perhaps more than any other twentieth-century writer, C. S. Lewis has connected what he termed “mere Christianity” with readers, both Christian and non-Christian. Lewis died in 1963, but his influence as a writer has continued to grow. His work consistently appeared on lists of the most significant Christian writing of the twentieth century put together around the turn of the century.

The release this month of the movie adaptation of The Lion, the Witch and the Wardrobe--the best known of his Chronicles of Narnia--will be another chapter in this history. Many Christian and other fans of the book will be critically viewing the cinematic version of the story, hoping the deeper meaning in Lewis’s tale survives the “Disneyification” process. (I must hasten to add that the movie is being made by a smaller production company, which is reportedly taking great pains to maintain the integrity of the story, including extensive consultation with Lewis’s stepson, Douglas Gresham.)

At times, in relation to his works of popular theology and indeed his “allegorical” fiction, Lewis was criticized for being only an amateur theologian, too preoccupied with expressing Christianity in ordinary terms. In a way, such criticism must have pleased Lewis. His stated aim was just that: to explain Christianity so as to make sense in the common language, and to the ordinary people of his day. He explained, “The vernacular is the real test. If you can’t turn your faith into it, then either you don’t understand it or you don’t believe it.”

It’s a sobering challenge, particularly for a church that invests a lot in its theology and theologians. Are we able to express our important, unique, and sometimes complicated doctrines in our respective cultural vernaculars?

This question must apply to our personal witnessing, our regular church programs and worship, our public evangelism, and our evangelistic productions such as television, Web sites, and magazines.

Working as an editor of an evangelistic magazine--the South Pacific Signs of the Times (www.signsofthetimes.org.au)--I face this challenge month by month. We must continually ask ourselves how best to present our beliefs to a casual reader, who may have no background in the Bible or Christianity. I’m sure we don’t always get it right and each issue brings new questions, but, as Lewis framed it, not trying isn’t an option. If we claim to understand it and believe it, we must continually seek better ways to express and portray our faith and connect that with our communities.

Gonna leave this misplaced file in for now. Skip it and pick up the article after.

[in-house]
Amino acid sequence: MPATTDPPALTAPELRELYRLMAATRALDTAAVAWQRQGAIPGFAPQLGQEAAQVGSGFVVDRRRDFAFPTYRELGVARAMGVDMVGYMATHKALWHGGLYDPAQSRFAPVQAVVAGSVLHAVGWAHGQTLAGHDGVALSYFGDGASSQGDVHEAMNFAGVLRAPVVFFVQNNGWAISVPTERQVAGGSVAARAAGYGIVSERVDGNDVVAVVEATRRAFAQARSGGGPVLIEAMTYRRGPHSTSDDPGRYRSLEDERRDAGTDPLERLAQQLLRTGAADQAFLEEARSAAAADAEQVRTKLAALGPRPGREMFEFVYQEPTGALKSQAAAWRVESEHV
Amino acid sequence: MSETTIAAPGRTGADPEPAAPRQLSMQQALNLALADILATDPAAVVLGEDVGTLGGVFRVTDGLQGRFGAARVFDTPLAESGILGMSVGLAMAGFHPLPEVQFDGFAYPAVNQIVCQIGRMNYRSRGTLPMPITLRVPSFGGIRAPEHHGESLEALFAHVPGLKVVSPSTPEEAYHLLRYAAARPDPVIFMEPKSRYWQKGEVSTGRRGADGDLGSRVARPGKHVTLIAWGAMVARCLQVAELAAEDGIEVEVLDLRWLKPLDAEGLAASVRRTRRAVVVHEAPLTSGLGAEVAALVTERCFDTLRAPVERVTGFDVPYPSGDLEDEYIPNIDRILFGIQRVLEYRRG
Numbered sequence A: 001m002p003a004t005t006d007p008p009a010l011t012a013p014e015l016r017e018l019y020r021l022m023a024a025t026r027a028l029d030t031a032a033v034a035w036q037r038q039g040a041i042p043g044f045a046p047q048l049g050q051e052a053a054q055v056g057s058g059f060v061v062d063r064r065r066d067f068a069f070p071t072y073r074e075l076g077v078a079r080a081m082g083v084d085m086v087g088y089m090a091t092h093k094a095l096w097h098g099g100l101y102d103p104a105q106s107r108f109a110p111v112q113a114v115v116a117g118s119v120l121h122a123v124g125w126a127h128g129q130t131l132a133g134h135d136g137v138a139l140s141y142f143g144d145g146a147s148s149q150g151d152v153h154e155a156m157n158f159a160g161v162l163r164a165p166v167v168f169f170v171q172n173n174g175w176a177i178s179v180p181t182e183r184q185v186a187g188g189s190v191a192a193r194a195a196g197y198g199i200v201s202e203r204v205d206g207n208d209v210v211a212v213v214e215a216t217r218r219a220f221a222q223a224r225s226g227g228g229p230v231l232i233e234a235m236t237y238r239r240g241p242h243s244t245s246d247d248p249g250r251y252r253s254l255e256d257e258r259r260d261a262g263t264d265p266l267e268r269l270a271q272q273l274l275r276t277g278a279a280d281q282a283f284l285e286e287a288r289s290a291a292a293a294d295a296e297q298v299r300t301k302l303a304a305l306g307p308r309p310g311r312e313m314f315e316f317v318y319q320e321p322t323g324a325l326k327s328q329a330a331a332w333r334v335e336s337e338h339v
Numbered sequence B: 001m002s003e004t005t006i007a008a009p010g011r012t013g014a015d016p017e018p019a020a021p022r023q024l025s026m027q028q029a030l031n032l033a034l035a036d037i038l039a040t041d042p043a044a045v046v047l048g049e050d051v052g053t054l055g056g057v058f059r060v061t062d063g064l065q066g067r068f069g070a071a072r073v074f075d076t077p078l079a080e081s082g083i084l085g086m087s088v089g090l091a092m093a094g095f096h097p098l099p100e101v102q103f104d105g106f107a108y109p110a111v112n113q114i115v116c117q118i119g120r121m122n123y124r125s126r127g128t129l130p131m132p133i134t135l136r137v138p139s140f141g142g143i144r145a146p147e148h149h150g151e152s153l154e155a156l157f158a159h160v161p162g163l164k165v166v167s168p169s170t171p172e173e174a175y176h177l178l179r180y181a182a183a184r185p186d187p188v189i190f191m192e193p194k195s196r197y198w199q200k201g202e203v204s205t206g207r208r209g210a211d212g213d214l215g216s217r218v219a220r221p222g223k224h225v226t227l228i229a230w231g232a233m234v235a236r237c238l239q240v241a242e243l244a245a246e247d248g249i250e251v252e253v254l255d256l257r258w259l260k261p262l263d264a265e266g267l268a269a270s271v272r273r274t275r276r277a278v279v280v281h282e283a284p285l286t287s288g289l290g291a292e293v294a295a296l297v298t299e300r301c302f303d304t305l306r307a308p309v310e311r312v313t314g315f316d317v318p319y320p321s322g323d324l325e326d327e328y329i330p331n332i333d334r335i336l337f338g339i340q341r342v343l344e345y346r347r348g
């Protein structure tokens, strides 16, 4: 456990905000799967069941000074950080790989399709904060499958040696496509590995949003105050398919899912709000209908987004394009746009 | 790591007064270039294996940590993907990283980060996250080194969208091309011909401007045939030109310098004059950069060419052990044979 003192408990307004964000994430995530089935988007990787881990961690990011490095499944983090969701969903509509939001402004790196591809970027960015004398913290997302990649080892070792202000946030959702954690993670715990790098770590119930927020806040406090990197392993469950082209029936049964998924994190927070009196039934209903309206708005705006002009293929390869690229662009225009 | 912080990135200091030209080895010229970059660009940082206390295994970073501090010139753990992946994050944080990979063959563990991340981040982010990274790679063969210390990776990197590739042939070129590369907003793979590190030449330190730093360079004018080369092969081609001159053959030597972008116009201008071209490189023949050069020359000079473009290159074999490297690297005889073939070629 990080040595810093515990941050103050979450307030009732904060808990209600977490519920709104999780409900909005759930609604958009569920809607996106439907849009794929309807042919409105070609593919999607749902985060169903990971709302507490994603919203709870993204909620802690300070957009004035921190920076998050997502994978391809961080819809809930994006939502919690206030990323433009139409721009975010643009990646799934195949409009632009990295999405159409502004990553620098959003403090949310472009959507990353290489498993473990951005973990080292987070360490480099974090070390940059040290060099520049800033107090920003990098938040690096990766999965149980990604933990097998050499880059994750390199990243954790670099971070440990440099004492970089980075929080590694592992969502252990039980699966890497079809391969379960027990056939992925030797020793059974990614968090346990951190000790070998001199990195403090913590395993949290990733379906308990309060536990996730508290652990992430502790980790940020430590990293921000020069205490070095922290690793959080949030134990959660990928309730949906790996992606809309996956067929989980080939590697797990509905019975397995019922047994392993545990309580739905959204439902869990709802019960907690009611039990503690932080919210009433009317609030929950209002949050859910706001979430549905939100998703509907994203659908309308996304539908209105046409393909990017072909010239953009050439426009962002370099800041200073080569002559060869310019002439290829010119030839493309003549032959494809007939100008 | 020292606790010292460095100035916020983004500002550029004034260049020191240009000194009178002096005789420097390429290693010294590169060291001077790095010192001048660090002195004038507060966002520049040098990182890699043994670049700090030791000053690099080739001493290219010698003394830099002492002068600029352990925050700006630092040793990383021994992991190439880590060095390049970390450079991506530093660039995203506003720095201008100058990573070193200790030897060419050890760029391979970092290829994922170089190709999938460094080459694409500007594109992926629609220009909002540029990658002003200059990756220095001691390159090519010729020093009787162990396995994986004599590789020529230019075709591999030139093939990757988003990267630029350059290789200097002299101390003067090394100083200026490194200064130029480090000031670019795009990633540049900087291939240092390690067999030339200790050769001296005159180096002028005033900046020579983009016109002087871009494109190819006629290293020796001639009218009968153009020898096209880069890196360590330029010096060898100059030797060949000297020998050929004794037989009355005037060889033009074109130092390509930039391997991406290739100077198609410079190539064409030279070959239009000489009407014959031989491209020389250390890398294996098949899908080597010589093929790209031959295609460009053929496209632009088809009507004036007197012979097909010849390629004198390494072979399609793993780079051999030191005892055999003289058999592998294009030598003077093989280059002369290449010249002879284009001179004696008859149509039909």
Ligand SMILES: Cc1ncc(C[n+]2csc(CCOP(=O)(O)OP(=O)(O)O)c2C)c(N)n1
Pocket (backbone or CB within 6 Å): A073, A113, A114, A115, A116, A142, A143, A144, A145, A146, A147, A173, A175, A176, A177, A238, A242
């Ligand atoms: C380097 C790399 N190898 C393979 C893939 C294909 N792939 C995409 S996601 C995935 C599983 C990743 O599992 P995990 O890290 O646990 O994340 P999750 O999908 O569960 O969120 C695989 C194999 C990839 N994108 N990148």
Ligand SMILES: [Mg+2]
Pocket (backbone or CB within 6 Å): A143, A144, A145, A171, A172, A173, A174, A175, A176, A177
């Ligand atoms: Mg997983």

Perhaps Lewis provides a clue in talking about the process by which he wrote his children’s stories. He emphasized that his stories were primarily stories. “Some people think that I began by asking myself how I could say something about Christianity to children,” he wrote, “then fixed on the fairy tale as an instrument; then collected information about child psychology and decided what age group to write for; then drew up a list of basic Christian truths and hammered out ‘allegories’ to embody them. This is all pure moonshine. I couldn’t write in that way at all. . . . At first there wasn’t even anything Christian about them; that element pushed itself in of its own accord. It was part of the bubbling.”

Perhaps sometimes we need to focus less on being evangelistic and more on simply being. Lewis sought to create a simple story, and his faith bubbled into it naturally. Direct evangelism is important, but, paradoxically, it may at times get in the way of our being most real and most effective, as well as adding a burden of guilt to our daily interactions.

Instead, we should be prepared to share our lives with our families, friends, and colleagues, to speak the vernacular of our shared experiences and common humanity, allowing what is most important to us to bubble through those relationships. “In your hearts set apart Christ as Lord,” wrote the apostle Peter. “Always be prepared to give an answer to everyone who asks you to give the reason for the hope that you have. But do this with gentleness and respect” (1 Peter 3:15, NIV).

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Nathan Brown edits the South Pacific Signs of the Times and the South Pacific Division Record.



 
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